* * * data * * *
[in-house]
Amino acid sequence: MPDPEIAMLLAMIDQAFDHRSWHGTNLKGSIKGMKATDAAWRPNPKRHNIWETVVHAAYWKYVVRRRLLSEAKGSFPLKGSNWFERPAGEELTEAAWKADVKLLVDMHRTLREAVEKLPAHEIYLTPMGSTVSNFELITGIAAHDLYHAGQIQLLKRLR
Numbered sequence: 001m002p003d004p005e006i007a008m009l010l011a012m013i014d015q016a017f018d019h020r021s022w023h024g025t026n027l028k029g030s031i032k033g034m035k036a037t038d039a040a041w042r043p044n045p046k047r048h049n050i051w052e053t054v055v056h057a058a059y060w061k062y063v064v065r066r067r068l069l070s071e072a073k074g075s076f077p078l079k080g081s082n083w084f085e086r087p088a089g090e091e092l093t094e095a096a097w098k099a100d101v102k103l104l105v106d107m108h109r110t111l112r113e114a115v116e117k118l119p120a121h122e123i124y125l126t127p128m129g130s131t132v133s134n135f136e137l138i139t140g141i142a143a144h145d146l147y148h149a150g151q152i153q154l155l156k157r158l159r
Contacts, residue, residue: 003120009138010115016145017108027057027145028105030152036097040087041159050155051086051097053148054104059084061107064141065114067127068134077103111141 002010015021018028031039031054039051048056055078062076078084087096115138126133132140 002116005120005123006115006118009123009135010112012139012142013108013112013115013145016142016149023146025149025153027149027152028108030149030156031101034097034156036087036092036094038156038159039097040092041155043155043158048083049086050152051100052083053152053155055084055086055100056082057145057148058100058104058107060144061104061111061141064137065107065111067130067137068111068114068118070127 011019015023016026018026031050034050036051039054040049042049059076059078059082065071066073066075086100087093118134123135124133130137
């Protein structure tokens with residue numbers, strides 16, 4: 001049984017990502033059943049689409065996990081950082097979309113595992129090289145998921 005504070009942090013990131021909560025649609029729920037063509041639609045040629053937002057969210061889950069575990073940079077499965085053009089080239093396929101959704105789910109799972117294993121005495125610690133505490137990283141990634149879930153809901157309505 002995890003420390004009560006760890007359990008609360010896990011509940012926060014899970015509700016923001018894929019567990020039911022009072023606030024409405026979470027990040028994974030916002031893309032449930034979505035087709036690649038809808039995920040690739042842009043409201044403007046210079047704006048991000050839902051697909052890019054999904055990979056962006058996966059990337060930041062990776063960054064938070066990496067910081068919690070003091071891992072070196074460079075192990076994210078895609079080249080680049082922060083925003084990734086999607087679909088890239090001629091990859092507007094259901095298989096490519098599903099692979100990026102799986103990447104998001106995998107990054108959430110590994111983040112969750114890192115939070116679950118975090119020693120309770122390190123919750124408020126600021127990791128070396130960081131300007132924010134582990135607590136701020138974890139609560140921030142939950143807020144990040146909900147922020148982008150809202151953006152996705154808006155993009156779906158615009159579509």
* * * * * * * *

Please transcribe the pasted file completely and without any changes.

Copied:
[in-house]
Amino acid sequence: MPDPEIAMLLAMIDQAFDHRSWHGTNLKGSIKGMKATDAAWRPNPKRHNIWETVVHAAYWKYVVRRRLLSEAKGSFPLKGSNWFERPAGEELTEAAWKADVKLLVDMHRTLREAVEKLPAHEIYLTPMGSTVSNFELITGIAAHDLYHAGQIQLLKRLR
Numbered sequence: 001m002p003d004p005e006i007a008m009l010l011a012m013i014d015q016a017f018d019h020r021s022w023h024g025t026n027l028k029g030s031i032k033g034m035k036a037t038d039a040a041w042r043p044n045p046k047r048h049n050i051w052e053t054v055v056h057a058a059y060w061k062y063v064v065r066r067r068l069l070s071e072a073k074g075s076f077p078l079k080g081s082n083w084f085e086r087p088a089g090e091e092l093t094e095a096a097w098k099a100d101v102k103l104l105v106d107m108h109r110t111l112r113e114a115v116e117k118l119p120a121h122e123i124y125l126t127p128m129g130s131t132v133s134n135f136e137l138i139t140g141i142a143a144h145d146l147y148h149a150g151q152i153q154l155l156k157r158l159r
Contacts, residue, residue: 003120009138010115016145017108027057027145028105030152036097040087041159050155051086051097053148054104059084061107064141065114067127068134077103111141 002010015021018028031039031054039051048056055078062076078084087096115138126133132140 002116005120005123006115006118009123009135010112012139012142013108013112013115013145016142016149023146025149025153027149027152028108030149030156031101034097034156036087036092036094038156038159039097040092041155043155043158048083049086050152051100052083053152053155055084055086055100056082057145057148058100058104058107060144061104061111061141064137065107065111067130067137068111068114068118070127 011019015023016026018026031050034050036051039054040049042049059076059078059082065071066073066075086100087093118134123135124133130137
């Protein structure tokens with residue numbers, strides 16, 4: 001049984017990502033059943049689409065996990081950082097979309113595992129090289145998921 005504070009942090013990131021909560025649609029729920037063509041639609045040629053937002057969210061889950069575990073940079077499965085053009089080239093396929101959704105789910109799972117294993121005495125610690133505490137990283141990634149879930153809901157309505 002995890003420390004009560006760890007359990008609360010896990011509940012926060014899970015509700016923001018894929019567990020039911022009072023606030024409405026979470027990040028994974030916002031893309032449930034979505035087709036690649038809808039995920040690739042842009043409201044403007046210079047704006048991000050839902051697909052890019054999904055990979056962006058996966059990337060930041062990776063960054064938070066990496067910081068919690070003091071891992072070196074460079075192990076994210078895609079080249080680049082922060083925003084990734086999607087679909088890239090001629091990859092507007094259901095298989096490519098599903099692979100990026102799986103990447104998001106995998107990054108959430110590994111983040112969750114890192115939070116679950118975090119020693120309770122390190123919750124408020126600021127990791128070396130960081131300007132924010134582990135607590136701020138974890139609560140921030142939950143807020144990040146909900147922020148982008150809202151953006152996705154808006155993009156779906158615009159579509």